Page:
To many the label "scientist" has a residue of meaning a certain kind of white male.  Western society in particular loves labels and loves to put people in tiny boxes.  This story is about the social consequence of violating the norm of western society in regards to who fits the label "scientist". 

The incident that caused a million clacking keyboards in the science blogosphere involved Sci Am blogger Danielle N. Lee being called a "Urban Whore" when she refused to blog for free at another publication.  The quote from someone identified only as 'Ofek' who worked for Biology Online was 

Are you an urban scientist or an urban whore. 

Biology Online apologized and fired Ofek.  Further details can be found in Ms Lee's blog. 

End of story all is right with the world.  Then this sparked a online blog discussion on the issues facing women and minorities in science.  

I have tried to stay out of this one but I cannot stay silent any longer.  As much as this will be disputed by some it is true that women and minority scientist face a certain level of resistance above and beyond that which effects most white males.   

The basic issue is that for deep cultural and psycho-social reasons white males benefit from a presumption of competence when it comes to many activities, science is one of those pursuits.   The problem is compounded by other groups being presumed incompetent when it comes to matters such as science.   Within the scientific community there is a softer version of the stereotype that is found in society at large.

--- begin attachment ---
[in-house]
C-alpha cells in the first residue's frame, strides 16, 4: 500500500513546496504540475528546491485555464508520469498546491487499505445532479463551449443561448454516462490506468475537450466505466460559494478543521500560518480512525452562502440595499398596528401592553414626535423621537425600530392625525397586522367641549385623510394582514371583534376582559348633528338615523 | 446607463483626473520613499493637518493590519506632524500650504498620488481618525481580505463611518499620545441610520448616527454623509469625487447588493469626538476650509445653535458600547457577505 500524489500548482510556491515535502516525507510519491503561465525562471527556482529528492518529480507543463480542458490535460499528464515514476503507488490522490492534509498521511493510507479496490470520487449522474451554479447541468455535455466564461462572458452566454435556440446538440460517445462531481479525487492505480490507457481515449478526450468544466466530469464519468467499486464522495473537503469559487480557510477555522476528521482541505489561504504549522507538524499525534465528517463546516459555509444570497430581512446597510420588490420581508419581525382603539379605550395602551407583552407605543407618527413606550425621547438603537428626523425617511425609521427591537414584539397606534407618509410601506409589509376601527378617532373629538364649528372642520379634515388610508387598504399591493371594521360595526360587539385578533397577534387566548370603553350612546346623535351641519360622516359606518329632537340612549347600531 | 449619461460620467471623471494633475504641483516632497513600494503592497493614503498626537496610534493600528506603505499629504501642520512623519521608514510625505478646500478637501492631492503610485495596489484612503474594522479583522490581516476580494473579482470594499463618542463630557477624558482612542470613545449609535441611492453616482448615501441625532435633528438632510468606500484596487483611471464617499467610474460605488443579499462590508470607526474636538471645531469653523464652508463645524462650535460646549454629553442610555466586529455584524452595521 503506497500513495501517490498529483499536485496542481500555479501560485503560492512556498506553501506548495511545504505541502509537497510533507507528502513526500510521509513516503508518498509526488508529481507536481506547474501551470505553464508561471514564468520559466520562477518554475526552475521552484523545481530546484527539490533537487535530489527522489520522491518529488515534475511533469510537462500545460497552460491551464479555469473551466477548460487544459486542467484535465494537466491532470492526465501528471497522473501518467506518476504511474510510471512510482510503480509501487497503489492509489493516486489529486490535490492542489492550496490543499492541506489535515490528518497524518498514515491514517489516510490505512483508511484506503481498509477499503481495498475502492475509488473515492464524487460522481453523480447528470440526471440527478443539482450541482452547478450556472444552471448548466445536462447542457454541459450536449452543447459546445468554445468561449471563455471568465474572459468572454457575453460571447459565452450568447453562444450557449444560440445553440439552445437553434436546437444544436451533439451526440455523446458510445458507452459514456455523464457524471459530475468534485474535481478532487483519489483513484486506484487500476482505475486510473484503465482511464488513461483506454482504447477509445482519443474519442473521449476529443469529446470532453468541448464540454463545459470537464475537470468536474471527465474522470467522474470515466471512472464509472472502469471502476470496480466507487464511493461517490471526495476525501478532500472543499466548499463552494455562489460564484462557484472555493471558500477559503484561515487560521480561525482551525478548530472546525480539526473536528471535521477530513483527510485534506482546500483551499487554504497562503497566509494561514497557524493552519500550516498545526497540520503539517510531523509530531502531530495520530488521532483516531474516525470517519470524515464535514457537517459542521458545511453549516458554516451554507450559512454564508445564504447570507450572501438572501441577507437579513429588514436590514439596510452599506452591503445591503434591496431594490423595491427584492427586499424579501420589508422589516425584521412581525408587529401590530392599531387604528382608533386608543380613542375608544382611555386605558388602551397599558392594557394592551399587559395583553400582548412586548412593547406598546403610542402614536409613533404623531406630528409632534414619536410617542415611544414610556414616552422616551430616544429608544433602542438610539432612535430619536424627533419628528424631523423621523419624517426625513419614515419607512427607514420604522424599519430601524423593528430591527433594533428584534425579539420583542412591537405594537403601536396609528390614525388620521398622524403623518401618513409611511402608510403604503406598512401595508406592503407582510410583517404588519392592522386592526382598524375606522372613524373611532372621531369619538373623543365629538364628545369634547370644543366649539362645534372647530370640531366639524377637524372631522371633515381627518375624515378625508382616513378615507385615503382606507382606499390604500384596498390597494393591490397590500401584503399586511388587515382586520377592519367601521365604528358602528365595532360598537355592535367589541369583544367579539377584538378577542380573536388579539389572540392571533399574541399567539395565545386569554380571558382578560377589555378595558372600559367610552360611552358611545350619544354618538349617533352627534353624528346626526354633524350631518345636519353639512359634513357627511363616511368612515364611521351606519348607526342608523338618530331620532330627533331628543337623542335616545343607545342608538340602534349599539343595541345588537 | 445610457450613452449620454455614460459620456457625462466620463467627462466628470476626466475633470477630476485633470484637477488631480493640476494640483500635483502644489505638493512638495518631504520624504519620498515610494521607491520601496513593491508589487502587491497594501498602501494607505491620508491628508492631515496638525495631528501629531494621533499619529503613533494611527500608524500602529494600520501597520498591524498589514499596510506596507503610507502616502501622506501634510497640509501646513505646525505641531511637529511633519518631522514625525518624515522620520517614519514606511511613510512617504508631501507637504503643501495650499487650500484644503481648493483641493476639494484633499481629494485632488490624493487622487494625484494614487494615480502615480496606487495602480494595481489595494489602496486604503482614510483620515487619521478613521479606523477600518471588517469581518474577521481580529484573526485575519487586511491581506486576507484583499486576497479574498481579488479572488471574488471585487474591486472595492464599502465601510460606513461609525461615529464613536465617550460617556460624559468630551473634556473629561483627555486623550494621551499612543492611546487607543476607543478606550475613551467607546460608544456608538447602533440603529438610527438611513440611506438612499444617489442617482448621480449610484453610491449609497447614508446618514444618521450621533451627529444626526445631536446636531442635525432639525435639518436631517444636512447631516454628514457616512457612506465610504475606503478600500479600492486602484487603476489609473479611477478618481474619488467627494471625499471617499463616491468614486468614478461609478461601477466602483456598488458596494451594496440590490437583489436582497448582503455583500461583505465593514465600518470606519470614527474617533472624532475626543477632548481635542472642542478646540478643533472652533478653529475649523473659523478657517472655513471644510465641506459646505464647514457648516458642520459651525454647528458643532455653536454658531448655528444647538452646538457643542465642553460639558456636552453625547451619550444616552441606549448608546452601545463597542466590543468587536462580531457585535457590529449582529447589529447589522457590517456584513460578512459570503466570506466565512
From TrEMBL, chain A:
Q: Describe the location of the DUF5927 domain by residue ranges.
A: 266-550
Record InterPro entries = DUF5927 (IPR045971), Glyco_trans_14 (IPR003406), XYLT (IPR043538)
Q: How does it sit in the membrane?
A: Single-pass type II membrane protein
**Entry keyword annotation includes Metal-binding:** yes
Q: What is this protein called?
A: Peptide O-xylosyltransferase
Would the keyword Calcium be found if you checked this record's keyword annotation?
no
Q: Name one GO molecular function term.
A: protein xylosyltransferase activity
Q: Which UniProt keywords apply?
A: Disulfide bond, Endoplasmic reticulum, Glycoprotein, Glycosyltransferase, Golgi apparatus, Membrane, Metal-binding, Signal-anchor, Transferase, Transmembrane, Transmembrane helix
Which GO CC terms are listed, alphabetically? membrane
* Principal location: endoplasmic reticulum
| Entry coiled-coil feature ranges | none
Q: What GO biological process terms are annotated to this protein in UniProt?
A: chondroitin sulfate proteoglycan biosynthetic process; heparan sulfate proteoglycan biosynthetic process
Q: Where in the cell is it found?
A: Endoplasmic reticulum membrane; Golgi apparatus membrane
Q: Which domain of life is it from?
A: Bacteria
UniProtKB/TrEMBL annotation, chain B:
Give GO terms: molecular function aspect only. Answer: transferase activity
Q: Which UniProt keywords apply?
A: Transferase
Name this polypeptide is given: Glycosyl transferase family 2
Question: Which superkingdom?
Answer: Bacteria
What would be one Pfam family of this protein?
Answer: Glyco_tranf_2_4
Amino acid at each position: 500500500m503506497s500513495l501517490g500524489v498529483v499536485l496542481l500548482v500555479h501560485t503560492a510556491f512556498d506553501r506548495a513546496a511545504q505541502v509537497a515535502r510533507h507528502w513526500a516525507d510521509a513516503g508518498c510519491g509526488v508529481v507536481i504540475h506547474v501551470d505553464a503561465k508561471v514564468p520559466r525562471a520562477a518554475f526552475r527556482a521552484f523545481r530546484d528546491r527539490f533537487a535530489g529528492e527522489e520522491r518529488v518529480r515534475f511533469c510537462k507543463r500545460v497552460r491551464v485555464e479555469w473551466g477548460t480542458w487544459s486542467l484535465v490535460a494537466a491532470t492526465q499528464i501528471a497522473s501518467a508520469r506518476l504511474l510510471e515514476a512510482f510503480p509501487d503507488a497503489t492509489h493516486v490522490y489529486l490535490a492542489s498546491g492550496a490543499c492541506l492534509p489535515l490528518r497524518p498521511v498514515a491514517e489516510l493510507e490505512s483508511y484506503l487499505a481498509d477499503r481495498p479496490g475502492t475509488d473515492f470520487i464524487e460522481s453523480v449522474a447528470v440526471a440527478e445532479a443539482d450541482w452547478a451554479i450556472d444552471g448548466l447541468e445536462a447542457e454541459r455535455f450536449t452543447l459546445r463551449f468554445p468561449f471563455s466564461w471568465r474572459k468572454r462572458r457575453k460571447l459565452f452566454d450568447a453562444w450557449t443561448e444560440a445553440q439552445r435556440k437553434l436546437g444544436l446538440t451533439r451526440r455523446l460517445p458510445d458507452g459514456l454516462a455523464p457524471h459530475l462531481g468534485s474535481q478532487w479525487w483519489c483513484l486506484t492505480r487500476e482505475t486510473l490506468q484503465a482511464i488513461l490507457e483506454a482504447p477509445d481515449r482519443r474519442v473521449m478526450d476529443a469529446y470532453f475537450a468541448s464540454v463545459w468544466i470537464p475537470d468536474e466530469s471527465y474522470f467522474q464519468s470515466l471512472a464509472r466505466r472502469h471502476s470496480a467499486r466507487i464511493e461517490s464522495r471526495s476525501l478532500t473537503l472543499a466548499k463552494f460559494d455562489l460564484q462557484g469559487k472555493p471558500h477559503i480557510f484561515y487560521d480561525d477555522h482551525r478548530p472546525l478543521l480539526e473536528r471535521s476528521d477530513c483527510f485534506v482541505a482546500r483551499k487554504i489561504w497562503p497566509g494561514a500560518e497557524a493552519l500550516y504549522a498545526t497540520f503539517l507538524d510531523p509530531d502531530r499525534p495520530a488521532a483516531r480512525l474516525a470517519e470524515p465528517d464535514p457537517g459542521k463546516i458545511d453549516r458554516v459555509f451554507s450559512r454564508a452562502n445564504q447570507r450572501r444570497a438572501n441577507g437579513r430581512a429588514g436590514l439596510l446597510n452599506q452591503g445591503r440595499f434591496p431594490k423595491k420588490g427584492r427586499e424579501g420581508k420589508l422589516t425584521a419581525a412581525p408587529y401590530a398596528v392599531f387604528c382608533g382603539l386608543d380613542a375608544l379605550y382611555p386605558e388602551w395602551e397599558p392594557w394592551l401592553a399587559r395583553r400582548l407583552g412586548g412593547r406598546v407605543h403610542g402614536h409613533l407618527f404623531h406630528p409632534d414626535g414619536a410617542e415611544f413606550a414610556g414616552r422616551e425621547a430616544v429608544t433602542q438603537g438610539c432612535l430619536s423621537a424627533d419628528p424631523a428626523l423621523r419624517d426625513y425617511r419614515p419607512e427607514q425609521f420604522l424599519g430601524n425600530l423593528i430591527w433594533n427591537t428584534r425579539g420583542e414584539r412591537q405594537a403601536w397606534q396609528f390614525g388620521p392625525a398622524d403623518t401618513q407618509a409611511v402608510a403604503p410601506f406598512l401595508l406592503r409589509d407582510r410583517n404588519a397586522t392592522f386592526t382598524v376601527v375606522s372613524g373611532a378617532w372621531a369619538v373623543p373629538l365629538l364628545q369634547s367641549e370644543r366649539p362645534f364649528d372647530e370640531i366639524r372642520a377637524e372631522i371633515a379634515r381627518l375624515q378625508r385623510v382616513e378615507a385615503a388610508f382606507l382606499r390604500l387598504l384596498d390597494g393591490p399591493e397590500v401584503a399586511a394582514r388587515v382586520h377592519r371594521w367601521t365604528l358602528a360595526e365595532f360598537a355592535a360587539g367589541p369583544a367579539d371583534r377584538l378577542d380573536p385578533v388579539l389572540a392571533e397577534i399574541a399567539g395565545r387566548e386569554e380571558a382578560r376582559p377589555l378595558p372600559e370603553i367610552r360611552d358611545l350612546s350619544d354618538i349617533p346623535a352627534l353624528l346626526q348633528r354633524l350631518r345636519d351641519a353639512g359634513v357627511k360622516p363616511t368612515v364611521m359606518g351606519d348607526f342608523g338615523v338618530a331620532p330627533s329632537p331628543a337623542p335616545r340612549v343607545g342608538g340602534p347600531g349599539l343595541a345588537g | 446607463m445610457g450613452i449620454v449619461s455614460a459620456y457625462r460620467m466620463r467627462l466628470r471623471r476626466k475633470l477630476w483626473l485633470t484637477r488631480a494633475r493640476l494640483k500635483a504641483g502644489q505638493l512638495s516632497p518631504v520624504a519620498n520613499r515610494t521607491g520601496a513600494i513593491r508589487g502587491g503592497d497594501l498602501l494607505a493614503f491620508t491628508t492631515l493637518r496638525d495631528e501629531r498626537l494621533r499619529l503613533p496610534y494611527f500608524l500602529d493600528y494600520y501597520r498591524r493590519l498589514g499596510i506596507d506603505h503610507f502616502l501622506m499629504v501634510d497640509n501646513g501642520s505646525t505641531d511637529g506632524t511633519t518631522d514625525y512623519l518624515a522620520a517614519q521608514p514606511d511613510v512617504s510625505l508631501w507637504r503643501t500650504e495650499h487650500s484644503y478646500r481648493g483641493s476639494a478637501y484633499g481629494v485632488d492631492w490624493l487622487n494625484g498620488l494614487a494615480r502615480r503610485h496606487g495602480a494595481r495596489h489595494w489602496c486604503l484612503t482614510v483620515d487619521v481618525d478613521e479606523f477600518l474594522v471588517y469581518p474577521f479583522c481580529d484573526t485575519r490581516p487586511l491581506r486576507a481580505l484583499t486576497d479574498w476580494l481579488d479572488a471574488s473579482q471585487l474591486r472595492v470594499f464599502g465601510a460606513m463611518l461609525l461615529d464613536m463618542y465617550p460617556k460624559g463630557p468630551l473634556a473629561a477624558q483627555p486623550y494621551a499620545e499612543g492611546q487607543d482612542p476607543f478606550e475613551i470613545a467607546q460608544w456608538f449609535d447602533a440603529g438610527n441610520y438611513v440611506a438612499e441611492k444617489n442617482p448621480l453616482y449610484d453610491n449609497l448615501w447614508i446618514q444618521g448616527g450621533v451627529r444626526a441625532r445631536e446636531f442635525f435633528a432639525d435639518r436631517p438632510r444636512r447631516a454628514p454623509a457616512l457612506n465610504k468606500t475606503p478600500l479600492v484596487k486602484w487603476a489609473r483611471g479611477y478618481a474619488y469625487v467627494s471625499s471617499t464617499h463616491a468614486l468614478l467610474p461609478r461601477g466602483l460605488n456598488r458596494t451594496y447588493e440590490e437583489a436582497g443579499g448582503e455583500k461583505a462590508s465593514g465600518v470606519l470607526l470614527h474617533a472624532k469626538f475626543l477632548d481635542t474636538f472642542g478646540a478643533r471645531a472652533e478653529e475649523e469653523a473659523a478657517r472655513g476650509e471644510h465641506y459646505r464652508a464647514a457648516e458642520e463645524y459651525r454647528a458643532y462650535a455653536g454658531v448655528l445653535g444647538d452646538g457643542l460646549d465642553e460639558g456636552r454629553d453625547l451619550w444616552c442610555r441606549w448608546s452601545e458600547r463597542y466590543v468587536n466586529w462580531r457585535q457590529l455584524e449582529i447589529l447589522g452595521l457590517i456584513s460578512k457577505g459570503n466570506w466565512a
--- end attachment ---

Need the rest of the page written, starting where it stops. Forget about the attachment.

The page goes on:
Society at large sees scientists as all being older white males with tick glasses and no muscle tone, no rhythm, no sex appeal, or any physically attractive qualities what so ever.  Just pick any mass media you can think of that has portrayed scientists.  From Steve Urkle to Sheldon the mass media has one idea of what a scientists or scientifically minded person would be.   Their idea reflects the biases and expectations of the average consumer.  

We scientists ourselves know intellectually and from experience that is a false image.  People young and old, male and female, white, black, brown, and tan are scientists.  However we scientists are part of society at large, and no amount of education can fully erase the overpowering messages that we all are bombarded with.